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Dietary Protein and Weight Gain

Klaas R. Westerterp, PhD
JAMA. 2012;307(16):1691-1692. doi:10.1001/jama.2012.532.
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To the Editor: When people overeat, diet composition should affect the amount of excess energy available for storage based on the difference in amount of adenosine triphosphate required for the initial steps of metabolism for each macronutrient. The intake of nutrients increases energy expenditure, in which the measured thermic effect is 0% to 3% for fat, 5% to 10% for carbohydrates, and 20% to 30% for proteins.1 The higher the protein content and the lower the fat content of a diet, the lower the net availability of energy for body functions including energy storage. Thus, it is surprising that Dr Bray and colleagues2 observed that protein content of the diet affected energy expenditure but not body fat storage. On the other hand, they stated that participants eating 40% more energy intake than required for weight stabilization stored 90% of the extra energy as fat when fed a low protein diet (containing 5% of energy from protein) and stored only about 50% of the excess energy as fat when fed a normal or high protein diet (containing 15% or 25% of energy from protein, respectively).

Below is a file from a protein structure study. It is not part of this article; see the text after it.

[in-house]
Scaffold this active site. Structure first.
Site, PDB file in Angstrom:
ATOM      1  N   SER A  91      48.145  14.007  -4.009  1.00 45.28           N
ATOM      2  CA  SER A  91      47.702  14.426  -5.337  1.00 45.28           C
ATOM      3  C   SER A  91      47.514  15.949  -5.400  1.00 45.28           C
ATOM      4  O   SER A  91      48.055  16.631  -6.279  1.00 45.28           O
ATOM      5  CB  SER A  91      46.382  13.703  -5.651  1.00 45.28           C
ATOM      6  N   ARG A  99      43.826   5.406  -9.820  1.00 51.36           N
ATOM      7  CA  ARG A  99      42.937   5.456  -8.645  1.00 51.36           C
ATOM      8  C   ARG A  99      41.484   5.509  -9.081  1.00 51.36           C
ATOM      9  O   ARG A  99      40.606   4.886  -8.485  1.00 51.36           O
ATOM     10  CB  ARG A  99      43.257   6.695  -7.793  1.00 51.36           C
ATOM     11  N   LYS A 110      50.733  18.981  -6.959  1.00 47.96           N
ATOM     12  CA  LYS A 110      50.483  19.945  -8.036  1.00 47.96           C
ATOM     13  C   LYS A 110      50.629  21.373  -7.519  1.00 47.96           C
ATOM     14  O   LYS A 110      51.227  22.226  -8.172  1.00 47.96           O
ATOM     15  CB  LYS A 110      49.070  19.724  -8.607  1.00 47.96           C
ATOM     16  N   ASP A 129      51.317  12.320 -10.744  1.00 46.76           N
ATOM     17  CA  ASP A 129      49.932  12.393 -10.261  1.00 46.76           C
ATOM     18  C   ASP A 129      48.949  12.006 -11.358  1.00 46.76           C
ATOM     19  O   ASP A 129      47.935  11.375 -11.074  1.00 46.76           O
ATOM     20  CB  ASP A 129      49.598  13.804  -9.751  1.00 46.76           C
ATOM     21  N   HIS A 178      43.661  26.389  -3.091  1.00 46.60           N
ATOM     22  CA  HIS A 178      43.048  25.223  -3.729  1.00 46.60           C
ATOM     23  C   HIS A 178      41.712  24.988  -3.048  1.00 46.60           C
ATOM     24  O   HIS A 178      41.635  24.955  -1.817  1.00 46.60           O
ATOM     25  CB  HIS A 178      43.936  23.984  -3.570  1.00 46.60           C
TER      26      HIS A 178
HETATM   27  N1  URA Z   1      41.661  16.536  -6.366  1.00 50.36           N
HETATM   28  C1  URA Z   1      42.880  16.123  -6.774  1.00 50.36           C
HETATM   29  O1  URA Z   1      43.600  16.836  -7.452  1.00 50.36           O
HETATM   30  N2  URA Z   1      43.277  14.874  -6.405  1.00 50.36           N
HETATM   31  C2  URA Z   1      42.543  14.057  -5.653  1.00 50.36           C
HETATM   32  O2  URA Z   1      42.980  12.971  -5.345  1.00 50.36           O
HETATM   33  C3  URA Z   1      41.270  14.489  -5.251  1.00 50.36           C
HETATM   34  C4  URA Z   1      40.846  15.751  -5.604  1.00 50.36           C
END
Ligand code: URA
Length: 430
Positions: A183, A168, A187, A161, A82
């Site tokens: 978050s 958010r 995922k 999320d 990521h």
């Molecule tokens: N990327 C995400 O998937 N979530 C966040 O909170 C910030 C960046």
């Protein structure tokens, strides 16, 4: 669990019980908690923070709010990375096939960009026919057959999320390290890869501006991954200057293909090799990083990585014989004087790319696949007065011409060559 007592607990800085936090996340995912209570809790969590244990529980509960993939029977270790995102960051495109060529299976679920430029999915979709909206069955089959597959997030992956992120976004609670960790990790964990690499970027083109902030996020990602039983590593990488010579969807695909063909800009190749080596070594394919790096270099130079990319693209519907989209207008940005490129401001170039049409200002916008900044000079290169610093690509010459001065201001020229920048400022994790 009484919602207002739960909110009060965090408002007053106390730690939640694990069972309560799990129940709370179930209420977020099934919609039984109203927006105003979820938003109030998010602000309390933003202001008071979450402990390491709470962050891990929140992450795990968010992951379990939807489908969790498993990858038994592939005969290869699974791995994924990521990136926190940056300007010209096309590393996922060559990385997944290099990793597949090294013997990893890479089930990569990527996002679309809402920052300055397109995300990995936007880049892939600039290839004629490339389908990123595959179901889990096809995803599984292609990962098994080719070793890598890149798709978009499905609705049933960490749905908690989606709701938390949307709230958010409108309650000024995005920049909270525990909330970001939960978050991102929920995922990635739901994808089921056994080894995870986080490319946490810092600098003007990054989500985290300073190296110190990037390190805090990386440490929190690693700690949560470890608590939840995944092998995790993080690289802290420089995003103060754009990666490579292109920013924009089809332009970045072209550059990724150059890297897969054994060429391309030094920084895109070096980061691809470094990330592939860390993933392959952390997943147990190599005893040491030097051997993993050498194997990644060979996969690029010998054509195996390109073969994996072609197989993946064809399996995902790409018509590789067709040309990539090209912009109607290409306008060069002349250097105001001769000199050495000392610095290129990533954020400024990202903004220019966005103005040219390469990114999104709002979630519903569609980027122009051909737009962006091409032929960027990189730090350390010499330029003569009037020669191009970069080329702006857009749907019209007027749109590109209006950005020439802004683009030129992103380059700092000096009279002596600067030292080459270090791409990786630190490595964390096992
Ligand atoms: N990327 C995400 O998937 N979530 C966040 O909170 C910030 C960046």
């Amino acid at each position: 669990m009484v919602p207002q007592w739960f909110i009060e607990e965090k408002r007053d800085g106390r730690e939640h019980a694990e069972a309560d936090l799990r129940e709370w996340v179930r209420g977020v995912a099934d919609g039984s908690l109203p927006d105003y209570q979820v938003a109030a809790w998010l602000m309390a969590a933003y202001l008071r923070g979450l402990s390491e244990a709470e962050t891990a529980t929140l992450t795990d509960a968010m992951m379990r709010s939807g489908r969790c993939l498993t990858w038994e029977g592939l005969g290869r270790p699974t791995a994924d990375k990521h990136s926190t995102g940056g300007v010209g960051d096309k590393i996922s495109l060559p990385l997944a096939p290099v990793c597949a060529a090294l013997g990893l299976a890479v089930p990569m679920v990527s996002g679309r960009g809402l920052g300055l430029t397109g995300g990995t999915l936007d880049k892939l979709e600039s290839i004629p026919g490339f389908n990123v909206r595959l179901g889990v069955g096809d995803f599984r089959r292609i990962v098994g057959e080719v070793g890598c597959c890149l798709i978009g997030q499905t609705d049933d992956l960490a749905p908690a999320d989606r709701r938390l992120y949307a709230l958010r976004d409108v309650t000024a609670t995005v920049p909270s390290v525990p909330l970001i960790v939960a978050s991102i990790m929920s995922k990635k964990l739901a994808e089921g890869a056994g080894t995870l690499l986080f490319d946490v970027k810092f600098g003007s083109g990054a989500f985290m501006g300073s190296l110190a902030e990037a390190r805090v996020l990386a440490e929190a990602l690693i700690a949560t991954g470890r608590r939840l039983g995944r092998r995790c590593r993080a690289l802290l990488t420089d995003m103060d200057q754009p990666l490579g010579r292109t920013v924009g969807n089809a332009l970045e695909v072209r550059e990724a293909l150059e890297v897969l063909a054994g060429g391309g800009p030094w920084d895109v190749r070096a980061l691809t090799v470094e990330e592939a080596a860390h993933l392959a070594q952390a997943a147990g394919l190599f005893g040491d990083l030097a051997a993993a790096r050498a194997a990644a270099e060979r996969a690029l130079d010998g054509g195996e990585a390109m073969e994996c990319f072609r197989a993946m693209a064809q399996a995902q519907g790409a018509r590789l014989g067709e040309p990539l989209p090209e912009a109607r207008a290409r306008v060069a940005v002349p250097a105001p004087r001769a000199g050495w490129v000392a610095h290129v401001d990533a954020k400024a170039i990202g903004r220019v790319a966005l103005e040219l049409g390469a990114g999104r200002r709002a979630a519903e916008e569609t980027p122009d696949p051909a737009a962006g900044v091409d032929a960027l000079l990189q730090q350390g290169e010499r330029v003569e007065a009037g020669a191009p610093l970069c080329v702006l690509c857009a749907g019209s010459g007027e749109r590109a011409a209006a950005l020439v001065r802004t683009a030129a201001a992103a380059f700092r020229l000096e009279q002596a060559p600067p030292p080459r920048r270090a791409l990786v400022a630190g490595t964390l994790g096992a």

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April 25, 2012
George A. Bray, MD; Leanne M. Redman, PhD; Steven R. Smith, MD
JAMA. 2012;307(16):1691-1692. doi:10.1001/jama.2012.533.
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